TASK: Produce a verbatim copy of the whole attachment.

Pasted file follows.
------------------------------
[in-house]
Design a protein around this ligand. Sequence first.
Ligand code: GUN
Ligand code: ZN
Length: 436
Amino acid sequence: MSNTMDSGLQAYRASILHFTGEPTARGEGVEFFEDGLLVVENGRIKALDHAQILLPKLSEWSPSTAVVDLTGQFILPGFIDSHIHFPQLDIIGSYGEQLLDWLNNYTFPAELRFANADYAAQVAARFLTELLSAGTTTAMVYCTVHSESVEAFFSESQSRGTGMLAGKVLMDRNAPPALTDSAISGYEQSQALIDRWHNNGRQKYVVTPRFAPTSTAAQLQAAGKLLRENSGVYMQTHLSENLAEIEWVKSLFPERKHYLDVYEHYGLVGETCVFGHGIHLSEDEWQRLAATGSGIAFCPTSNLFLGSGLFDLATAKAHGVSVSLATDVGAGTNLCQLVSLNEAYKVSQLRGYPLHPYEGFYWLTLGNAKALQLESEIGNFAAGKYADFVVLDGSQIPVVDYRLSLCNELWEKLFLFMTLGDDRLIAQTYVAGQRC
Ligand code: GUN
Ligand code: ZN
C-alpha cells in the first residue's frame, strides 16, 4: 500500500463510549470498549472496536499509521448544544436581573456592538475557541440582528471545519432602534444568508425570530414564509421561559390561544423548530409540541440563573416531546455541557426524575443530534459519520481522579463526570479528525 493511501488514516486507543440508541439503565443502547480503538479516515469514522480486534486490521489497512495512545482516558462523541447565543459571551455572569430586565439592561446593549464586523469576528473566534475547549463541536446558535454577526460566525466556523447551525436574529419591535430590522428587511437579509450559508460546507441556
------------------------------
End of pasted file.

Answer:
[in-house]
Design a protein around this ligand. Sequence first.
Ligand code: GUN
Ligand code: ZN
Length: 436
Amino acid sequence: MSNTMDSGLQAYRASILHFTGEPTARGEGVEFFEDGLLVVENGRIKALDHAQILLPKLSEWSPSTAVVDLTGQFILPGFIDSHIHFPQLDIIGSYGEQLLDWLNNYTFPAELRFANADYAAQVAARFLTELLSAGTTTAMVYCTVHSESVEAFFSESQSRGTGMLAGKVLMDRNAPPALTDSAISGYEQSQALIDRWHNNGRQKYVVTPRFAPTSTAAQLQAAGKLLRENSGVYMQTHLSENLAEIEWVKSLFPERKHYLDVYEHYGLVGETCVFGHGIHLSEDEWQRLAATGSGIAFCPTSNLFLGSGLFDLATAKAHGVSVSLATDVGAGTNLCQLVSLNEAYKVSQLRGYPLHPYEGFYWLTLGNAKALQLESEIGNFAAGKYADFVVLDGSQIPVVDYRLSLCNELWEKLFLFMTLGDDRLIAQTYVAGQRC
Ligand code: GUN
Ligand code: ZN
C-alpha cells in the first residue's frame, strides 16, 4: 500500500463510549470498549472496536499509521448544544436581573456592538475557541440582528471545519432602534444568508425570530414564509421561559390561544423548530409540541440563573416531546455541557426524575443530534459519520481522579463526570479528525 493511501488514516486507543440508541439503565443502547480503538479516515469514522480486534486490521489497512495512545482516558462523541447565543459571551455572569430586565439592561446593549464586523469576528473566534475547549463541536446558535454577526460566525466556523447551525436574529419591535430590522428587511437579509450559508460546507441556